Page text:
We know this project is supposed to be about developing a fine-looking ferrofluid clock, and not about the value of procrastination. But after watching the video below, see if you don’t think that procrastination has taken these two students further than expected.
We first ran into [Simen] and [Amund] several months ago when they launched their ferrofluid project in a fit of “There’s got to be more to life than studying.” It seemed then that building a good-looking, functional ferrofluid display would be a temporary distraction, but the problems posed proved to be far deeper and thornier than either of the electrical engineering students expected. The idea is simple: contain a magnetic fluid between two transparent panels and create pixels using an array of electromagnets to move dots of the fluid around. The implementation, however, was another matter, with the ferrofluid itself proved to be the biggest obstacle. All the formulas they tried seemed to coagulate or degrade over time and tended to stain the glass. While the degradation was never fully sorted, they managed to work around the staining by careful cleaning of the glass and using a saturated brine solution to fill the container.
Backed by 252 electromagnets and drivers on ten custom PCBs, the video below shows the (mostly) finished panel in action as a clock. We’re impressed by the smoothness of the movements of each pixel, even if there’s a bit of drooping at the bottom thanks to gravity. As for the future of the project, that’s unclear since [Simen] is headed off for a NASA internship. We’re not sure if that was despite or because of this procrastination-driven project, but we congratulate him either way and look forward to hearing more from both of them in the future.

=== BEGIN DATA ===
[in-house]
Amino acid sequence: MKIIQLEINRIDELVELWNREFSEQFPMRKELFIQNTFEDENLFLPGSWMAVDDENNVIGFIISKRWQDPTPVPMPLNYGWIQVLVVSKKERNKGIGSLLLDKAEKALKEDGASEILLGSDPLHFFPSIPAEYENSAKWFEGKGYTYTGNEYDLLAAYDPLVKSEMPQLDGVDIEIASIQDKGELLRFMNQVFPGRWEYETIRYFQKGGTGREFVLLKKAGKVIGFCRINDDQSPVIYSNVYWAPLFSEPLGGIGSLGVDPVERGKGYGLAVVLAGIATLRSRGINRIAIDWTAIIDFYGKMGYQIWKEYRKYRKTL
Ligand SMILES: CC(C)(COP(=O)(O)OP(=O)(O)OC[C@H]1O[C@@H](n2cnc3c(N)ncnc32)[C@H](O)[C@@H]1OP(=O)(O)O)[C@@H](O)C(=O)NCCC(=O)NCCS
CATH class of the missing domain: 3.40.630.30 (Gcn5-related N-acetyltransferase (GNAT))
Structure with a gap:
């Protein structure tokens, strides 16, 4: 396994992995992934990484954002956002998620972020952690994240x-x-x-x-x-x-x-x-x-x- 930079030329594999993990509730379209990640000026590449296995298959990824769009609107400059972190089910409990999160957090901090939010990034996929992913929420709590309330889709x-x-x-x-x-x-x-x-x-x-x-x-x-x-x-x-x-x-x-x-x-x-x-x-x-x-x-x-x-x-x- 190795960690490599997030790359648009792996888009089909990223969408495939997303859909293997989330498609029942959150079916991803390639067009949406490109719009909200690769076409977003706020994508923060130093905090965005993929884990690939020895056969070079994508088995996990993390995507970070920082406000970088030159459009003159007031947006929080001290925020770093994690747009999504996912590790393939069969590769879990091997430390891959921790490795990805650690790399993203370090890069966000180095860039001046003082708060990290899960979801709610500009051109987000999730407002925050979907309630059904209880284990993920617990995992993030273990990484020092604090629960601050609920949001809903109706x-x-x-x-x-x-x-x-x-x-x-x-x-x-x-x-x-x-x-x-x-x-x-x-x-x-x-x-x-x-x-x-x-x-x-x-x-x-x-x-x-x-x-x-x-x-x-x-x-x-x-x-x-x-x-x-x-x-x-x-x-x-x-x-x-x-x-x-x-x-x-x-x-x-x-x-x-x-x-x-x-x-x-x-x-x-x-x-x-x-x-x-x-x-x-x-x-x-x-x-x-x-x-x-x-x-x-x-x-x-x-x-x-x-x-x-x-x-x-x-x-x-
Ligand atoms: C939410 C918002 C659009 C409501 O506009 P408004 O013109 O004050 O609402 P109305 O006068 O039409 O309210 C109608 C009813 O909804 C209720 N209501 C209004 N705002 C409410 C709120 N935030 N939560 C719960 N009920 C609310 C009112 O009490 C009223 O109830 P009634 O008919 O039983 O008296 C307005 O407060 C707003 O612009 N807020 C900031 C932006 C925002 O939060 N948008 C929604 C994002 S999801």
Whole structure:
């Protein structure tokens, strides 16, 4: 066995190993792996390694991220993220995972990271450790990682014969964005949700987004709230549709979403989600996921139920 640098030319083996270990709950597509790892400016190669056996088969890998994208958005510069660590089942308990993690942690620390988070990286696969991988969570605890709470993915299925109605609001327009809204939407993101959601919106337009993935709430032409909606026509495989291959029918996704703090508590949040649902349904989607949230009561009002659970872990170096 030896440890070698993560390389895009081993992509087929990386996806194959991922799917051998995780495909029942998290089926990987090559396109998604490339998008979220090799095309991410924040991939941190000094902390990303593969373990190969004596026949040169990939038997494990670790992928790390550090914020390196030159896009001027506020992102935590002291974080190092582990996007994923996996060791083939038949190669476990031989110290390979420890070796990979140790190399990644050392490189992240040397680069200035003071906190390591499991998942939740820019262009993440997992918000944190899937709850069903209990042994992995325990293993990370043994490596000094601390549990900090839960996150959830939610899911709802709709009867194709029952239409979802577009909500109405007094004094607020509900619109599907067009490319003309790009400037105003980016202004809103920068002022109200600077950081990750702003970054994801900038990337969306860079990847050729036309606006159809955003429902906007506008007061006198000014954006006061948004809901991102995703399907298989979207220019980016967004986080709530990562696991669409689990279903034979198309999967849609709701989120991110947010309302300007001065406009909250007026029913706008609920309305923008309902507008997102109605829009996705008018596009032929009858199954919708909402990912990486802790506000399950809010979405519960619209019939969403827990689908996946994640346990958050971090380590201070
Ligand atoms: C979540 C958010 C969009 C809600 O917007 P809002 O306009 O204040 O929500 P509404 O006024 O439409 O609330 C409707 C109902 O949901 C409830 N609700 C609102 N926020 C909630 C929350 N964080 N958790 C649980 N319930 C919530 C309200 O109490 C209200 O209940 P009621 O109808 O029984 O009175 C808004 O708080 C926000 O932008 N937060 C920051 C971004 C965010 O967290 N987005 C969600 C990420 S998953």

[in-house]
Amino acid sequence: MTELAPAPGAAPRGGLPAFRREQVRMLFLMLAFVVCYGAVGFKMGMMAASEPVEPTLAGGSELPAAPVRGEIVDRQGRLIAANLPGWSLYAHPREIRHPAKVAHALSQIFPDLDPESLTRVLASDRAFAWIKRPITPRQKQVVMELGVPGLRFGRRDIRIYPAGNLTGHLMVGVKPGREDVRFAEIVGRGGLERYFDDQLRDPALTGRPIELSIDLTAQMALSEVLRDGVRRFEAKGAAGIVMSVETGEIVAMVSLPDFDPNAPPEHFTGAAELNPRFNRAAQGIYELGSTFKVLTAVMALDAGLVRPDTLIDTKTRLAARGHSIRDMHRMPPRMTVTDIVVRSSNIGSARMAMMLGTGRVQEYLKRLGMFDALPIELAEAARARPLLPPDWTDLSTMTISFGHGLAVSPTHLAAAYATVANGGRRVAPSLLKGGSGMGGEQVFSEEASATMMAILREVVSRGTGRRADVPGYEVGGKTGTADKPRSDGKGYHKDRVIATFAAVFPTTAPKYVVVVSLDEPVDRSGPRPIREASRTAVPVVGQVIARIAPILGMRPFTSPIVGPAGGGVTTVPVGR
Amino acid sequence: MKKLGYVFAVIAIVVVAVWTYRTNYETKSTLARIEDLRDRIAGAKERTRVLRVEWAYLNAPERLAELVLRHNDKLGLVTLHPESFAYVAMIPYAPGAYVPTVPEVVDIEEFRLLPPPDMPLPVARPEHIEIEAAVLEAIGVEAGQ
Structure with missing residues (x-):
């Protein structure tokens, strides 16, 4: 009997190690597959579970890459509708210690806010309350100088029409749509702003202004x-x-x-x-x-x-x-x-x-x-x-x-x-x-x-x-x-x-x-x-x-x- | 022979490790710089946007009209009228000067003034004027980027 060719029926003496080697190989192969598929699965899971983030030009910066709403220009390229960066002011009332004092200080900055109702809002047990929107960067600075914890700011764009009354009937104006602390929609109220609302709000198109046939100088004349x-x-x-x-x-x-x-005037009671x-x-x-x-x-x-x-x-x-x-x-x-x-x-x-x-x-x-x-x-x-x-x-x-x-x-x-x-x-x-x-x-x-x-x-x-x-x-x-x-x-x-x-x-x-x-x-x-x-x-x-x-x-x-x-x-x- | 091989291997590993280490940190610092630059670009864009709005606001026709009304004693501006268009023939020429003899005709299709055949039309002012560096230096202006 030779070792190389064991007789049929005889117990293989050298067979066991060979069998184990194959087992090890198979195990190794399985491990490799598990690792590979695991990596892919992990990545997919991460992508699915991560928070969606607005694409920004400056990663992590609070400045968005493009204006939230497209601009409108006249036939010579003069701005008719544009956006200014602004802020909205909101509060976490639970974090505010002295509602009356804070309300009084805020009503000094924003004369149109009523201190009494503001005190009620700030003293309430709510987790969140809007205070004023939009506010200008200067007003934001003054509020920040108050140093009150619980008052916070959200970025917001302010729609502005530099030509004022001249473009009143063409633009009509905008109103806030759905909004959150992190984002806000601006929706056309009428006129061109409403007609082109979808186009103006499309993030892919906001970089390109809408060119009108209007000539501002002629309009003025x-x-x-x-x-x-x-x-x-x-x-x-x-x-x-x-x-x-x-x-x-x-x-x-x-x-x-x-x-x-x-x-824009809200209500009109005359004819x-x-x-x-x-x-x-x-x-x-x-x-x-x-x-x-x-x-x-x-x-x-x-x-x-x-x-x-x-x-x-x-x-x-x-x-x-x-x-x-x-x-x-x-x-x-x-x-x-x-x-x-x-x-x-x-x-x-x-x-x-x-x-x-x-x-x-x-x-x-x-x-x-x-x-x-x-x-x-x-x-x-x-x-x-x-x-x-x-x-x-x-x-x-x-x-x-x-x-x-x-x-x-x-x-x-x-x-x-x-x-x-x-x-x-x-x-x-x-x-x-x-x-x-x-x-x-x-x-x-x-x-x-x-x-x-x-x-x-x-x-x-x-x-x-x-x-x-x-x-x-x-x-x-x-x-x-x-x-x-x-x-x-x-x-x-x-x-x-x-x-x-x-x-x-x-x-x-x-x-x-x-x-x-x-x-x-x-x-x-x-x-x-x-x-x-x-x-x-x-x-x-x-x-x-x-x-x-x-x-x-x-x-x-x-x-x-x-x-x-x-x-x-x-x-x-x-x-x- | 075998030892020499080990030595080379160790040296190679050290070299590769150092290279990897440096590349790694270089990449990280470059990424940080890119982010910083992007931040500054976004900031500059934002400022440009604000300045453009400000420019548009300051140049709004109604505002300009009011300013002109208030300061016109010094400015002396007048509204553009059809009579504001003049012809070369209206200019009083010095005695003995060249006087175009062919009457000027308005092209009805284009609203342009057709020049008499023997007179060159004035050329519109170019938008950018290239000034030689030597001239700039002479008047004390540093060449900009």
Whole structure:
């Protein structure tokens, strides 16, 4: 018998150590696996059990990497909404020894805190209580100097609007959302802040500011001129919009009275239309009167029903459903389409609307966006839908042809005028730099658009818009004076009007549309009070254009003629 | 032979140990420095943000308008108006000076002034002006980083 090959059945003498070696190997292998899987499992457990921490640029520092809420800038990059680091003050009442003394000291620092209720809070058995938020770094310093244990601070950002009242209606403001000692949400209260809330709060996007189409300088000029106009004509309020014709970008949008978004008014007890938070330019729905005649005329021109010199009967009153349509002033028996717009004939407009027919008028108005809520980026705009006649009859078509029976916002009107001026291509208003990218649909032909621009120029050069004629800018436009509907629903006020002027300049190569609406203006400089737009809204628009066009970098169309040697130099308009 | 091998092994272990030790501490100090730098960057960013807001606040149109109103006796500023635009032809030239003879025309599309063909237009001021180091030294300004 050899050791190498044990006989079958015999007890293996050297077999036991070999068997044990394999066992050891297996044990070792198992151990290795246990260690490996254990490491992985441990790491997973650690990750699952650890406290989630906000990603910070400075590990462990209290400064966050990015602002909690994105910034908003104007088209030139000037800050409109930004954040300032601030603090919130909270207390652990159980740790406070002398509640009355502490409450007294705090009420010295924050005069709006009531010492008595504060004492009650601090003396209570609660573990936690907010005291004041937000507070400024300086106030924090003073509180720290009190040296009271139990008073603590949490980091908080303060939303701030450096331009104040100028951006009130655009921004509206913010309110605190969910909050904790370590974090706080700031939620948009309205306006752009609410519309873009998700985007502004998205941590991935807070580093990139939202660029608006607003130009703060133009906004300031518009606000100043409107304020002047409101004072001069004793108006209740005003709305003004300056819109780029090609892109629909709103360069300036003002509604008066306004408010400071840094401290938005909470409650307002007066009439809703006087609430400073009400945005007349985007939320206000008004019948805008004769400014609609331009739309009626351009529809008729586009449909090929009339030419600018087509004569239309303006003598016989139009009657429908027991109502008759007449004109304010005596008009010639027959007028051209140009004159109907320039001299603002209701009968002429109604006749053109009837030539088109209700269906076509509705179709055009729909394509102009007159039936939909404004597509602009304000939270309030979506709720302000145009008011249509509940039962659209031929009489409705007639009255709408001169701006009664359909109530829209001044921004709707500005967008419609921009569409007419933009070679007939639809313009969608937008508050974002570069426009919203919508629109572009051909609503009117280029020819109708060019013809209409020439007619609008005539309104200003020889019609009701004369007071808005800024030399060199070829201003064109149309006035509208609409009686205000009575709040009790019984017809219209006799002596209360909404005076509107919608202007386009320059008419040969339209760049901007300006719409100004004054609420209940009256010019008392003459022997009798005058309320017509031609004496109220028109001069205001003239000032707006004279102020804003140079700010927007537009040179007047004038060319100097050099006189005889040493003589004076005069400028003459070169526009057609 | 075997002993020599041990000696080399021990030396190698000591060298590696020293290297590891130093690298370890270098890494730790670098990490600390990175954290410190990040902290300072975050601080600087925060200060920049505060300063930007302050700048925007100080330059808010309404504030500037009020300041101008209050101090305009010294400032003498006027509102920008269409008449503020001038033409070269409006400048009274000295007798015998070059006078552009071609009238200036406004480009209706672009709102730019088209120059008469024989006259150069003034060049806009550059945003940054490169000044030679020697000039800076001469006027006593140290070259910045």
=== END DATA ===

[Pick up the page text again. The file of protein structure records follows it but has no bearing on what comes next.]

Continue reading “Tracking Wasted Time With A Ferrofluid Clock”
If hackers and engineers are notorious for anything, it’s for procrastinating. Many of us wait until the absolute last-minute to get things done. The Hackaday Prize has proved to be no exception to that. Anyone watching the newest projects could see the entries fly in the last few days. Let’s take a quick look at a few.
[Cyrus Tabrizi] submitted Handuino just a few short hours before the deadline. Handuino is an Arduino based human interface device. You can use it to control anything from R/C cars to 3D printers, to robots to Drones. Input is through the joystick, switches, and buttons, and output through the on-board 2.2″ LCD. Projects can interface to the Handuino via a USB port, or an XBEE radio. Nice Work [Cyrus].
[txyz.info] wants to make us more human than human with Bionic Yourself, an implantable device to make you a bionic superhero. [txyz] plans to use sensors such as an electromagnetic field sensor, accelerometers, and Electromyography (EMG) muscle activity detectors. The idea is to not only sense the implanted wearer, but the world around them. The wearer can then use an embedded Bluetooth radio to send commands. The entire system runs on the Arduino platform, so updating your firmware will be easy. Not everyone has a charging port, so [txyz] has included wireless battery charging in the system.
[Laurens Weyn] wants to wake us all up with Overtime: the internet connected alarm clock. Overtime is a Raspberry PI powered clock with a tower of 7 segment displays. The prototype displays were sourced from an old exchange rate sign. Overtime does all the normal clock things, such as display the time, and date. It even allows you to set and clear alarms. The display is incredible – there are enough pixels there to play Tetris. Overtime is currently running on an Arduino Mega, but [Laurens] plans to move to a Raspberry PI and hook into the internet for information such as Google calender events.
We’re going to cut things a bit short this week. Your work is done (for now) but for the Hackaday staff, the work is just beginning. We’re already on task, reviewing the entries, and picking which submissions will move on to the next round. Good luck to everyone who entered.
As always, See you in next week’s Hacklet. Same hack time, same hack channel, bringing you the best of Hackaday.io!